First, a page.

Facebug

Vince woke up to the curve of his wife’s back. He leaned across, still sheet-tangled, and traced her shoulder blade with his fingers. She made an inarticulate morning noise and rolled over.

Salt-and-pepper stubble, thick brows, a nose broken once in a fight and twice in a rugby scrum.

Vince recoiled like elastic. “Oh, shit.”

“Hm?”

“Honey, I think I picked up a facebug yesterday.”

“What kind?” his wife asked, furry eyebrows knitting together. Her jaw was not quite the lantern he saw in the mirror and her jowls sagged a bit more, but other than that, she was a dead ringer. “Dead presidents? Elvis?”

Vince grimaced and closed his eyes. “Worse. Copy-paster.”

She laughed, and when Vince didn’t laugh she patted his cheek. “Good thing you’re so handsome, right? Maybe you can call in?”

“Not today,” Vince sighed. “Sales report, remember? The worst fucking day for it.”

“You’ll be fine. Maybe it’ll even help you relax.”

“Maybe.”

“Give me a kiss,” she said, grinning.

“No.”

“Come on.”

“No, honey.”

“Please?”

Vince picked her hand out of the sheets and kissed it. She laughed again and rolled over.

● ● ●

By the time he was downstairs, three doppelgangers of various sizes were arrayed around the kitchen island. Vince stopped in the doorway, watching himself shovel chocolate cereal into his mouth, drum a spoon angrily on the counter, giggle over a text message.

“Daddy, he took the whole box before I got any.”

Vince squinted at primary-color shirts and scrawny limbs. “Jason, put some of that in your brother’s bowl.”

“Tyler,” his son said sharply, milk dripping off his grizzled chin.

Coin flip failed.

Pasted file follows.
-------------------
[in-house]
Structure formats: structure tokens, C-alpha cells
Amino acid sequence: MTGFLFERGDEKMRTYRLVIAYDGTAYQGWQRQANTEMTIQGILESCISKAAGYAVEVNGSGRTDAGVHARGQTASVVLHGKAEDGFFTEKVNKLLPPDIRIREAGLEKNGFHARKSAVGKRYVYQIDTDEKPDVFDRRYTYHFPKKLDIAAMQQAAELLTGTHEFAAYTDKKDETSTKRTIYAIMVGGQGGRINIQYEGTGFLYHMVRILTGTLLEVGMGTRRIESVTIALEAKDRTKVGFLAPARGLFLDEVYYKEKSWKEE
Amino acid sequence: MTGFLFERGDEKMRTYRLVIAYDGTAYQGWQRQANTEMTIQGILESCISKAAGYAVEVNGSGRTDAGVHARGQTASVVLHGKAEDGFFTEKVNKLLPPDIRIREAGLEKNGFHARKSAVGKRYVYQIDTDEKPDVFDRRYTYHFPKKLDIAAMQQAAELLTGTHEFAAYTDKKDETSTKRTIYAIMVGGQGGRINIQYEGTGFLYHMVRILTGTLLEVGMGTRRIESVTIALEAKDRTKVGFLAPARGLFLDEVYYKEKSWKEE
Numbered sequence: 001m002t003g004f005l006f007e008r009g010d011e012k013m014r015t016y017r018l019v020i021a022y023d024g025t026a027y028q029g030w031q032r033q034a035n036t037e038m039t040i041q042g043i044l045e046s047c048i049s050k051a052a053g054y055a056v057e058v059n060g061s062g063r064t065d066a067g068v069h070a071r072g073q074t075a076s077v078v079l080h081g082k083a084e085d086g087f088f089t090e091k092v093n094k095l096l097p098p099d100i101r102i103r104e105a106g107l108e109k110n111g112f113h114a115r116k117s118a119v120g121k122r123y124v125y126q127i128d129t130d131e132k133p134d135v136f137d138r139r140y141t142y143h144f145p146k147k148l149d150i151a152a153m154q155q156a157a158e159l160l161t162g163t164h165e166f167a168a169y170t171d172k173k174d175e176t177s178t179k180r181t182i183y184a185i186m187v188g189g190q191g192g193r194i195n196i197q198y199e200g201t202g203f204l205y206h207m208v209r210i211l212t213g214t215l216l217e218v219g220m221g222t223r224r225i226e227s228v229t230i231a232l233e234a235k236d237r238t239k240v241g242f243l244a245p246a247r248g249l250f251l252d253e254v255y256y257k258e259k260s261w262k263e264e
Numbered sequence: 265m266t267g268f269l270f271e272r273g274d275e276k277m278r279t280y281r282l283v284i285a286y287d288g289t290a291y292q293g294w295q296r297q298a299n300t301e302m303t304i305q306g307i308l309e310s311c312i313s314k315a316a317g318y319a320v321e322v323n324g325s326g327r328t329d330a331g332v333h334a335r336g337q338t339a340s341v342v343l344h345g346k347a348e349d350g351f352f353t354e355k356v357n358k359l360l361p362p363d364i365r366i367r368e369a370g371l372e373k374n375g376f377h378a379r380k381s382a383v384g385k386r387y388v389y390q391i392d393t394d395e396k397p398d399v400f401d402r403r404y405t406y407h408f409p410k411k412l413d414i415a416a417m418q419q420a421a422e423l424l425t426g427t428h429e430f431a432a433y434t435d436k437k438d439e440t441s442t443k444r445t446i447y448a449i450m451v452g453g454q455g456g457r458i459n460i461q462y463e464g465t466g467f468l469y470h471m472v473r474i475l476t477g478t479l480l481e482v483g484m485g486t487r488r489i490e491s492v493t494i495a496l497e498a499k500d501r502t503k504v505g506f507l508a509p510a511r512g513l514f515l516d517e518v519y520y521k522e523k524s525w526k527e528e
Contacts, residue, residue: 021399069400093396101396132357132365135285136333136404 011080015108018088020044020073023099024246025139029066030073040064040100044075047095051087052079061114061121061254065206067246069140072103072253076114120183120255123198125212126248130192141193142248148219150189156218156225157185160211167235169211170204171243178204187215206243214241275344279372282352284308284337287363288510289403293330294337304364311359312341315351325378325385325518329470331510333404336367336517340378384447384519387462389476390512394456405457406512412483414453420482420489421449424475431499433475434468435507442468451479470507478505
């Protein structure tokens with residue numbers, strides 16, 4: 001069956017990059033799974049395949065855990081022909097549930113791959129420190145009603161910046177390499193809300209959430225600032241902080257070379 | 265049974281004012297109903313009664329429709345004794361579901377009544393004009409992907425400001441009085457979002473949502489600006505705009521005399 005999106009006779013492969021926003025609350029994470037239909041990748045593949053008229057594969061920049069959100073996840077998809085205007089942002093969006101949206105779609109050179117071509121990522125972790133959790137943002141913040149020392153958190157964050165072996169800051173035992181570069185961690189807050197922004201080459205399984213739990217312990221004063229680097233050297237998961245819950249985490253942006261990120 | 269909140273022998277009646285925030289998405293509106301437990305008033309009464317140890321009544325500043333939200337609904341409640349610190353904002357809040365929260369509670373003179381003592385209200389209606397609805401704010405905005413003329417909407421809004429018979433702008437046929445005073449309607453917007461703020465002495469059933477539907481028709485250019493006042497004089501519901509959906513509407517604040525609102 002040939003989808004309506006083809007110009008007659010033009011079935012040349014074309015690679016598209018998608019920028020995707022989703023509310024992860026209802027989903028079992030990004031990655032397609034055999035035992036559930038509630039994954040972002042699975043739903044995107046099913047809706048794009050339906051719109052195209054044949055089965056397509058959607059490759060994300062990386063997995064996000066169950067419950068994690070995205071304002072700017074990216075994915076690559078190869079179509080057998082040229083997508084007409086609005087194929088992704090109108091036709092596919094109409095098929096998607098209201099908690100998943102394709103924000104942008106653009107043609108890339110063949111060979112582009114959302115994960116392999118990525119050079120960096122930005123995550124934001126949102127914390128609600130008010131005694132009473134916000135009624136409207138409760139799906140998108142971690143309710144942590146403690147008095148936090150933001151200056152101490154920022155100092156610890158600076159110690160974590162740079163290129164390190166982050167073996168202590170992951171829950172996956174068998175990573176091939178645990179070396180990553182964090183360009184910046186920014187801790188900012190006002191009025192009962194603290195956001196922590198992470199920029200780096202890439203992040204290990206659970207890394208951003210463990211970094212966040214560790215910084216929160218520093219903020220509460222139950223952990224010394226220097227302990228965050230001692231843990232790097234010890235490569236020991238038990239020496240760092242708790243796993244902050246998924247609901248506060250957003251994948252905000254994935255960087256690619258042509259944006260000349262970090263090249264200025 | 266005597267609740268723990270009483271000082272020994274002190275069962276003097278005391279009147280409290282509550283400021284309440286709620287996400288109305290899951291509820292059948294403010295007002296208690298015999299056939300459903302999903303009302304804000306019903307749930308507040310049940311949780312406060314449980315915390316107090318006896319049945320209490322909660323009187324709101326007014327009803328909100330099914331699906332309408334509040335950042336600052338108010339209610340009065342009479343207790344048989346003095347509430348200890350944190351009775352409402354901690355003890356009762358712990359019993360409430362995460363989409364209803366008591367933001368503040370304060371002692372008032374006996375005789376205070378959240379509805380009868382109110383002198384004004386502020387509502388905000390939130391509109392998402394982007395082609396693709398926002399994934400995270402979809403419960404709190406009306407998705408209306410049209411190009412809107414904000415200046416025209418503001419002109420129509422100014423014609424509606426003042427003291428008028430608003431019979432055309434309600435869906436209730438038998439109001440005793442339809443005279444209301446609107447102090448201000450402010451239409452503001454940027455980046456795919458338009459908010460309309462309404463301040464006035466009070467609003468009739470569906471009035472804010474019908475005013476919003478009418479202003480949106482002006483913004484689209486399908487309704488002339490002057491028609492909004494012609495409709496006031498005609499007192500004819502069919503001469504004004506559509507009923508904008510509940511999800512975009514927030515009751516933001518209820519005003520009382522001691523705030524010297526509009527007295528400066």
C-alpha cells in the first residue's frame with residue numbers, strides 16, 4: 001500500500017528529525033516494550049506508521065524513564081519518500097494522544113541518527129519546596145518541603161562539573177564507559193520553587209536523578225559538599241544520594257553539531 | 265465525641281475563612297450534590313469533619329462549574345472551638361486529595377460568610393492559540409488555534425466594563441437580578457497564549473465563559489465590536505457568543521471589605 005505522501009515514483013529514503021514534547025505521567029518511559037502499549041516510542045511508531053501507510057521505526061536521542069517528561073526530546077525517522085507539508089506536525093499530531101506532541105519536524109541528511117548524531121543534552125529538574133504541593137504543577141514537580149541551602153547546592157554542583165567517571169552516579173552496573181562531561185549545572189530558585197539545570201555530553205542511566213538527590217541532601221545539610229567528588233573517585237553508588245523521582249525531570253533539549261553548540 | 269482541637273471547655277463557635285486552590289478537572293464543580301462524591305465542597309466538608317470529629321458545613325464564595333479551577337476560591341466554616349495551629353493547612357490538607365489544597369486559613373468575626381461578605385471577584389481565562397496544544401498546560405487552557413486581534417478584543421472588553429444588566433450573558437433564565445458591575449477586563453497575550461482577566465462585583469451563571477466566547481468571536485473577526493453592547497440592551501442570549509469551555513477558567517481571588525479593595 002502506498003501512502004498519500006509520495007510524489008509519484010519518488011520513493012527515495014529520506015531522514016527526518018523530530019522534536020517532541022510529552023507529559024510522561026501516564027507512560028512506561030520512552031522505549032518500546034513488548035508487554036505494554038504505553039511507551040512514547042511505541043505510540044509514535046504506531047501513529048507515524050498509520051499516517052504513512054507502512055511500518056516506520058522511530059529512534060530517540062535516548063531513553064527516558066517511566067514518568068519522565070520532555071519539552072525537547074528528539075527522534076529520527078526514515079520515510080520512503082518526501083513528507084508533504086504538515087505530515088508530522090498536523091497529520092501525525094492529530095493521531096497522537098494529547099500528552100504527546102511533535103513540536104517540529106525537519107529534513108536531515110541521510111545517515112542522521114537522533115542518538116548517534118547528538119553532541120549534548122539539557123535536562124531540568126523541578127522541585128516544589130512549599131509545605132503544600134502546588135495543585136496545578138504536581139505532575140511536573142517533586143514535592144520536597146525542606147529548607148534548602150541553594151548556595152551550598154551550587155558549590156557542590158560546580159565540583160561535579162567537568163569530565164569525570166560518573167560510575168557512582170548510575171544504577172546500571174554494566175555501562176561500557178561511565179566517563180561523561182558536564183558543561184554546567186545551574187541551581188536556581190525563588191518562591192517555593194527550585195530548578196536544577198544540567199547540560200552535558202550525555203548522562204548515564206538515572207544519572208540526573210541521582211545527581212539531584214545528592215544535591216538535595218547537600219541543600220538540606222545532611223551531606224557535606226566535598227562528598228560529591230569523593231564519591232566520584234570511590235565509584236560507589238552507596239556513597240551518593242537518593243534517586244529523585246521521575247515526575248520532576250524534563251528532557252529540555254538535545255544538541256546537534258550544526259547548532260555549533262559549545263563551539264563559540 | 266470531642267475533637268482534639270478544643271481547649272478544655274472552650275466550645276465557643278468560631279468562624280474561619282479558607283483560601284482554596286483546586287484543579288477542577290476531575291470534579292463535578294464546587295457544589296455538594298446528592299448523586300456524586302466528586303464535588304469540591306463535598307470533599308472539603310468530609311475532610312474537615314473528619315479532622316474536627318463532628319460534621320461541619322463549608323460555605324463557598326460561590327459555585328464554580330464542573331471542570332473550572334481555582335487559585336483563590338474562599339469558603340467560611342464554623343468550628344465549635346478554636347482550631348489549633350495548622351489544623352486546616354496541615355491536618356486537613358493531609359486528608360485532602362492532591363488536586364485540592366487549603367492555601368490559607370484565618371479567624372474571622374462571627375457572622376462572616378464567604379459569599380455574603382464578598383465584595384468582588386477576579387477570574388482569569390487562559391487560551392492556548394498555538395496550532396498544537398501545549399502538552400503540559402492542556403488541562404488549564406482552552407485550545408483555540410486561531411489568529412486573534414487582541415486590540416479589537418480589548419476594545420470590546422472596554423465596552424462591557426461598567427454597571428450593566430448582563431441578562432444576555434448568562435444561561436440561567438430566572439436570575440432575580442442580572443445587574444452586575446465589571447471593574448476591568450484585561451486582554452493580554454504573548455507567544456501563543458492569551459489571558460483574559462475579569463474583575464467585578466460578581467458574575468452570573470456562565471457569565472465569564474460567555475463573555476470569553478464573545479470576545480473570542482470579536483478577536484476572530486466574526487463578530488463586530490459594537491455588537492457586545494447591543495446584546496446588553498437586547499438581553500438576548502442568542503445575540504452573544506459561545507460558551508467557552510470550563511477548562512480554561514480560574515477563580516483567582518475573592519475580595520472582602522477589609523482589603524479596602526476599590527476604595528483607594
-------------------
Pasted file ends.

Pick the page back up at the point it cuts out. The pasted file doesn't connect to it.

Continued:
“I meant Tyler.” Vince made for the coffee. “Tyler, give Jason some cereal.” He put an absent-minded hand on his daughter’s blonde hair. “Hey, sweetie, good morning.”

“Mooorning, Dad,” she said, reaching up to repair the damage. When Vince turned around with his coffee, she was using the back of her phone as a mirror.

“Jen, you don’t need to wear that stuff,” he said, watching in horror as strawberry pink slathered over his lips.

“Mom thinks it’s fine.”

Conjured, his wife entered the kitchen with a brush caught in her hair, streamlining the cereal transfer with one deft hand and beckoning for coffee with the other.

“At least put it on somewhere else,” Vince said.

“Mom?”

“Kids, your father picked up a little face virus last night. He’s seeing mirrors.”

Vince handed his wife coffee and watched himself take a delicate sip. “It’s nothing to worry about,” he said. “Just have to make it till lunch. Then I’ll get it checked out.”

“Daddy! Dad!”

“What?”

Tyler and Jason pulled at their stubbled cheeks and waggled their tongues at him.

● ● ●

The subway was a nightmare. Moving through shoals of his own clones, all jabbering on their phones and swinging briefcases and slucking coffee, was almost too existential to take, and by the time Vince was at the office, he already had pit stains.

“Ready to murder that report, Vince?” someone asked, sweeping by his desk.

Vince squinted. “Sure thing … champ.”

There was a puzzled backward glance and Vince decided to send a discreet memo around the office. He was going over his figures for the fourth time when a trio of Vinces waltzed to his desk. One was definitely Thompson, and he was relatively sure he knew the cut of Hooker’s suits and Morrison’s poor posture.

“So, Vince, once the execs get out of here and the smoke’s cleared, we were thinking we need to celebrate. How about we go to Nightshades? Nothing better to unwind.”

Vince had an image of the strip club and it must have showed on his face, because all three of them laughed.

“Just joking,” Thompson assured. “Heard about the facey. I had one last year. Celebrities everywhere.”

“Fuck off,” Vince said, grinning as widely as he could, given the circumstances.